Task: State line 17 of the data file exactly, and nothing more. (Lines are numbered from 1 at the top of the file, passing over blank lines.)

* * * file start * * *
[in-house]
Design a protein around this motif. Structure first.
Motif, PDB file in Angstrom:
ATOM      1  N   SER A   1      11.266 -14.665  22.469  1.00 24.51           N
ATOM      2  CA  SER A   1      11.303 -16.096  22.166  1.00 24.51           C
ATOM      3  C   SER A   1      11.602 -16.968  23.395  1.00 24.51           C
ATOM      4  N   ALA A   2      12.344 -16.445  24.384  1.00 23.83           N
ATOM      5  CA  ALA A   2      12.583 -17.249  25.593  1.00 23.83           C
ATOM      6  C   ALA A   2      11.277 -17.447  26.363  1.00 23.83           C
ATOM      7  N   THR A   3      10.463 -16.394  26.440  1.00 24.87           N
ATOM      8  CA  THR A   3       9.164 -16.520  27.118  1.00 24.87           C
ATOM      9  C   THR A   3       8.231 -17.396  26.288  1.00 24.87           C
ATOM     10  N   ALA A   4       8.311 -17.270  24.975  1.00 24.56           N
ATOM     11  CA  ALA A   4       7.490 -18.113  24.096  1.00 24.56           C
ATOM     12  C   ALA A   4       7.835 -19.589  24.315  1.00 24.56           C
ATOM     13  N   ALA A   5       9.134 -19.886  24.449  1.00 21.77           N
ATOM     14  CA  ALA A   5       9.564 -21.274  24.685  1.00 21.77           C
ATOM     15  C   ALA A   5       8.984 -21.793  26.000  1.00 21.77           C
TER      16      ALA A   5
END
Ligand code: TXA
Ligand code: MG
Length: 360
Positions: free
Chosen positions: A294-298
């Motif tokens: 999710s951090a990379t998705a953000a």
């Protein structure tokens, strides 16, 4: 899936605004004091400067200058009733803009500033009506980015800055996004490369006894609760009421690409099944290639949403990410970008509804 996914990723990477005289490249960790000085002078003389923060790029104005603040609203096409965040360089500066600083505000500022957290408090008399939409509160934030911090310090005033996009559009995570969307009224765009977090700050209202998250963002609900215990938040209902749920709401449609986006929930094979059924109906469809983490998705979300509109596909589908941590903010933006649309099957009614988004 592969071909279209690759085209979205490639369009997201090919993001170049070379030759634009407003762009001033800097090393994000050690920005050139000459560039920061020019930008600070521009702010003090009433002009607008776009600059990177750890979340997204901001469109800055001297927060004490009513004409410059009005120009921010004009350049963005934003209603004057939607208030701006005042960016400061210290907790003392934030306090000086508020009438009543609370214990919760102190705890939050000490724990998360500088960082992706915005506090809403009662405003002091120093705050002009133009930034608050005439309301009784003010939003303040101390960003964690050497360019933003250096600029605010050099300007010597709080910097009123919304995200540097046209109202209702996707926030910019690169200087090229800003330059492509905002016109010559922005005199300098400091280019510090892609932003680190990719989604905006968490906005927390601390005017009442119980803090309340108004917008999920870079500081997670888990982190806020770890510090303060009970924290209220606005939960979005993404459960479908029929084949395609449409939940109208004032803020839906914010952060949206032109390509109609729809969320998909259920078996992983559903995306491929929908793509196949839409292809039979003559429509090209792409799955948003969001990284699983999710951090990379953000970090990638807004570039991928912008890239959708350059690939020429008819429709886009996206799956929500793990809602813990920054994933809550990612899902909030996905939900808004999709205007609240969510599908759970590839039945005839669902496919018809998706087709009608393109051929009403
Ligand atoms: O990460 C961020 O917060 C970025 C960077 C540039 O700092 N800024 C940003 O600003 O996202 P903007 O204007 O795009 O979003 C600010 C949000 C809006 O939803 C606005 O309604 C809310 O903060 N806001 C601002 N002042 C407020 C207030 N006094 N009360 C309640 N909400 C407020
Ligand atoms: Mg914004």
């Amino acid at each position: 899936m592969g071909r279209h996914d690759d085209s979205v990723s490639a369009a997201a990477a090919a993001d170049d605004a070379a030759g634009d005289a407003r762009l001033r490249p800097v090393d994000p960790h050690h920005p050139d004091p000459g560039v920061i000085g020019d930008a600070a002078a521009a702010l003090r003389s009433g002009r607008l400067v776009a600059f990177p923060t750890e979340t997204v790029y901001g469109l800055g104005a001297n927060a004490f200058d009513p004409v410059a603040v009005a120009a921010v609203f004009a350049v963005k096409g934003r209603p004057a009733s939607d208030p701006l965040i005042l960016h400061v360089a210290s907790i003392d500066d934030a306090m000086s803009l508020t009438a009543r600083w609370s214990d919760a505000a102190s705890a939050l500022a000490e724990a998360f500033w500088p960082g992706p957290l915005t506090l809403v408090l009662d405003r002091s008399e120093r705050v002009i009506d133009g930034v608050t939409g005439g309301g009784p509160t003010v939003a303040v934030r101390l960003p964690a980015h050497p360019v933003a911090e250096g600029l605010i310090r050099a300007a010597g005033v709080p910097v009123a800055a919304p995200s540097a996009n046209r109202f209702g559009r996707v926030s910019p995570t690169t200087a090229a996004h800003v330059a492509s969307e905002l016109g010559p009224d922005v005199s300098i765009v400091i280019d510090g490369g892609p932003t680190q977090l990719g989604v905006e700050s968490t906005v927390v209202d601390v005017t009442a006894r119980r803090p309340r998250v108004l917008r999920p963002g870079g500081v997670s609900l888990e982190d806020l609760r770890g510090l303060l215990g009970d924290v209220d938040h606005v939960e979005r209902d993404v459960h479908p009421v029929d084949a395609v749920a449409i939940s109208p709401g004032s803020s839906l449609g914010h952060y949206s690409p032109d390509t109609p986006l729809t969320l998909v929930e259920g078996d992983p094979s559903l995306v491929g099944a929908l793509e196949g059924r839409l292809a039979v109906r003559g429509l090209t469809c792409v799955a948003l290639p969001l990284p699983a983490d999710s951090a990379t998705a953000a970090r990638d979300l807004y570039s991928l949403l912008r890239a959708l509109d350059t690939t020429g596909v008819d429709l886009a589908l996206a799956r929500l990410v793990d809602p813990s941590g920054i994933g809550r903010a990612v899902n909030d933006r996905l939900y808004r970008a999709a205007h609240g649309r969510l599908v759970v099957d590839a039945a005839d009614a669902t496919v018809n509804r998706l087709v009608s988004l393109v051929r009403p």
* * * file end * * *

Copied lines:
ATOM     14  CA  ALA A   5       9.564 -21.274  24.685  1.00 21.77           C